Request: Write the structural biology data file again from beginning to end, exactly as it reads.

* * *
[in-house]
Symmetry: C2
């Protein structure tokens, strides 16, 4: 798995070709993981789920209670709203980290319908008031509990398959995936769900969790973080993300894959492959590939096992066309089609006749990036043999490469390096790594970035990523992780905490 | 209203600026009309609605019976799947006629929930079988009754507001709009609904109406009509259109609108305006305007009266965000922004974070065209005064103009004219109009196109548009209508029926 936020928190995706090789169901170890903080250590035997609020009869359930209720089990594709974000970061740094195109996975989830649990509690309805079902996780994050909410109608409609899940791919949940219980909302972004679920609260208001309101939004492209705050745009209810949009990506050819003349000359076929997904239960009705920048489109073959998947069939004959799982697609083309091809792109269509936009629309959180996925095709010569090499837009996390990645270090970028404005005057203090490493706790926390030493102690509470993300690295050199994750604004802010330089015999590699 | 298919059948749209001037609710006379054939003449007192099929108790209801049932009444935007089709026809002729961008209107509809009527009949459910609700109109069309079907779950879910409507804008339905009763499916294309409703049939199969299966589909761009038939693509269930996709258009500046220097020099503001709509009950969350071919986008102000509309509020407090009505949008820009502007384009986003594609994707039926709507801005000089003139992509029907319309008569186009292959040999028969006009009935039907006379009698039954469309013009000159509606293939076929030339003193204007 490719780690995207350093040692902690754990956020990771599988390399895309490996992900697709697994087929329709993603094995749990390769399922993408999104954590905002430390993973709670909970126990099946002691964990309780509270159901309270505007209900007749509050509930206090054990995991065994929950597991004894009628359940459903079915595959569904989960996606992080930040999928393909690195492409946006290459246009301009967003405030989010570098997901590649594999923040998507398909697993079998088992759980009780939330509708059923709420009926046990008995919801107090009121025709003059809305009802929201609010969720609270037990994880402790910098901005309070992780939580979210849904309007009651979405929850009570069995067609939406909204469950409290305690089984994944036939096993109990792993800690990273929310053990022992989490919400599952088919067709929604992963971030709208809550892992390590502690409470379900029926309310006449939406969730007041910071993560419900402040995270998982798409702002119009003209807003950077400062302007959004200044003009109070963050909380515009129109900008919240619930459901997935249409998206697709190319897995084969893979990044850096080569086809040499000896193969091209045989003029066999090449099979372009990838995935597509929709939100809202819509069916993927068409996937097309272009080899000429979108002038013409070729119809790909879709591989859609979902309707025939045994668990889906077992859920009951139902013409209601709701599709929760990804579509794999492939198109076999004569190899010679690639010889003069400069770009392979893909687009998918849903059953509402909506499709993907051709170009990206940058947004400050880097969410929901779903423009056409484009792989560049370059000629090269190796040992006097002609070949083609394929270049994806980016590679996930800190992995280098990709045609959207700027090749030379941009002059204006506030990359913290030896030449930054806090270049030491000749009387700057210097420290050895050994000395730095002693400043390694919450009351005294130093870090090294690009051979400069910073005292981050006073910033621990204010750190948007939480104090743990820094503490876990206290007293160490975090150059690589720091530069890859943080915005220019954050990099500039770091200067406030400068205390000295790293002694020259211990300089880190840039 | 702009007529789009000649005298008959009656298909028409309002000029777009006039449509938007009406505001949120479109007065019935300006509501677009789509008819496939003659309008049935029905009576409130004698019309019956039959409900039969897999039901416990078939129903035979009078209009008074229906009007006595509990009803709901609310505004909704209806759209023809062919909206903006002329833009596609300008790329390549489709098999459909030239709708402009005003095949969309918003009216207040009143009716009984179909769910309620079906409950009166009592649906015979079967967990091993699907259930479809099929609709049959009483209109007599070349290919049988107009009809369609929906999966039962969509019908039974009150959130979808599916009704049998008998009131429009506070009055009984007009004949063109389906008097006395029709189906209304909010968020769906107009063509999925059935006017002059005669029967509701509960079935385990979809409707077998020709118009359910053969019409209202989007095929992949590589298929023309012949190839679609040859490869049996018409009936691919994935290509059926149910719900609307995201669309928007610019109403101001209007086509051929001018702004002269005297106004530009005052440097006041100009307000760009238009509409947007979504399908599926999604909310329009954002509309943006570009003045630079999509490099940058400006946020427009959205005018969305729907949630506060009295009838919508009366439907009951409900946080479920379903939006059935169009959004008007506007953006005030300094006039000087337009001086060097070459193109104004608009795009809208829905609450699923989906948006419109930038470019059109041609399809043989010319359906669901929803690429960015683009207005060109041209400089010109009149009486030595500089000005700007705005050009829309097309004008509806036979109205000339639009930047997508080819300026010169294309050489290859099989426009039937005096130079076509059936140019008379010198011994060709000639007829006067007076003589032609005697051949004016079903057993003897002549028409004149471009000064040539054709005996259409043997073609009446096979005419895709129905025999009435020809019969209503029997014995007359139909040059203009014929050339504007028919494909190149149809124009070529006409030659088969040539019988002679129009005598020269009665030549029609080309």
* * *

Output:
[in-house]
Symmetry: C2
């Protein structure tokens, strides 16, 4: 798995070709993981789920209670709203980290319908008031509990398959995936769900969790973080993300894959492959590939096992066309089609006749990036043999490469390096790594970035990523992780905490 | 209203600026009309609605019976799947006629929930079988009754507001709009609904109406009509259109609108305006305007009266965000922004974070065209005064103009004219109009196109548009209508029926 936020928190995706090789169901170890903080250590035997609020009869359930209720089990594709974000970061740094195109996975989830649990509690309805079902996780994050909410109608409609899940791919949940219980909302972004679920609260208001309101939004492209705050745009209810949009990506050819003349000359076929997904239960009705920048489109073959998947069939004959799982697609083309091809792109269509936009629309959180996925095709010569090499837009996390990645270090970028404005005057203090490493706790926390030493102690509470993300690295050199994750604004802010330089015999590699 | 298919059948749209001037609710006379054939003449007192099929108790209801049932009444935007089709026809002729961008209107509809009527009949459910609700109109069309079907779950879910409507804008339905009763499916294309409703049939199969299966589909761009038939693509269930996709258009500046220097020099503001709509009950969350071919986008102000509309509020407090009505949008820009502007384009986003594609994707039926709507801005000089003139992509029907319309008569186009292959040999028969006009009935039907006379009698039954469309013009000159509606293939076929030339003193204007 490719780690995207350093040692902690754990956020990771599988390399895309490996992900697709697994087929329709993603094995749990390769399922993408999104954590905002430390993973709670909970126990099946002691964990309780509270159901309270505007209900007749509050509930206090054990995991065994929950597991004894009628359940459903079915595959569904989960996606992080930040999928393909690195492409946006290459246009301009967003405030989010570098997901590649594999923040998507398909697993079998088992759980009780939330509708059923709420009926046990008995919801107090009121025709003059809305009802929201609010969720609270037990994880402790910098901005309070992780939580979210849904309007009651979405929850009570069995067609939406909204469950409290305690089984994944036939096993109990792993800690990273929310053990022992989490919400599952088919067709929604992963971030709208809550892992390590502690409470379900029926309310006449939406969730007041910071993560419900402040995270998982798409702002119009003209807003950077400062302007959004200044003009109070963050909380515009129109900008919240619930459901997935249409998206697709190319897995084969893979990044850096080569086809040499000896193969091209045989003029066999090449099979372009990838995935597509929709939100809202819509069916993927068409996937097309272009080899000429979108002038013409070729119809790909879709591989859609979902309707025939045994668990889906077992859920009951139902013409209601709701599709929760990804579509794999492939198109076999004569190899010679690639010889003069400069770009392979893909687009998918849903059953509402909506499709993907051709170009990206940058947004400050880097969410929901779903423009056409484009792989560049370059000629090269190796040992006097002609070949083609394929270049994806980016590679996930800190992995280098990709045609959207700027090749030379941009002059204006506030990359913290030896030449930054806090270049030491000749009387700057210097420290050895050994000395730095002693400043390694919450009351005294130093870090090294690009051979400069910073005292981050006073910033621990204010750190948007939480104090743990820094503490876990206290007293160490975090150059690589720091530069890859943080915005220019954050990099500039770091200067406030400068205390000295790293002694020259211990300089880190840039 | 702009007529789009000649005298008959009656298909028409309002000029777009006039449509938007009406505001949120479109007065019935300006509501677009789509008819496939003659309008049935029905009576409130004698019309019956039959409900039969897999039901416990078939129903035979009078209009008074229906009007006595509990009803709901609310505004909704209806759209023809062919909206903006002329833009596609300008790329390549489709098999459909030239709708402009005003095949969309918003009216207040009143009716009984179909769910309620079906409950009166009592649906015979079967967990091993699907259930479809099929609709049959009483209109007599070349290919049988107009009809369609929906999966039962969509019908039974009150959130979808599916009704049998008998009131429009506070009055009984007009004949063109389906008097006395029709189906209304909010968020769906107009063509999925059935006017002059005669029967509701509960079935385990979809409707077998020709118009359910053969019409209202989007095929992949590589298929023309012949190839679609040859490869049996018409009936691919994935290509059926149910719900609307995201669309928007610019109403101001209007086509051929001018702004002269005297106004530009005052440097006041100009307000760009238009509409947007979504399908599926999604909310329009954002509309943006570009003045630079999509490099940058400006946020427009959205005018969305729907949630506060009295009838919508009366439907009951409900946080479920379903939006059935169009959004008007506007953006005030300094006039000087337009001086060097070459193109104004608009795009809208829905609450699923989906948006419109930038470019059109041609399809043989010319359906669901929803690429960015683009207005060109041209400089010109009149009486030595500089000005700007705005050009829309097309004008509806036979109205000339639009930047997508080819300026010169294309050489290859099989426009039937005096130079076509059936140019008379010198011994060709000639007829006067007076003589032609005697051949004016079903057993003897002549028409004149471009000064040539054709005996259409043997073609009446096979005419895709129905025999009435020809019969209503029997014995007359139909040059203009014929050339504007028919494909190149149809124009070529006409030659088969040539019988002679129009005598020269009665030549029609080309």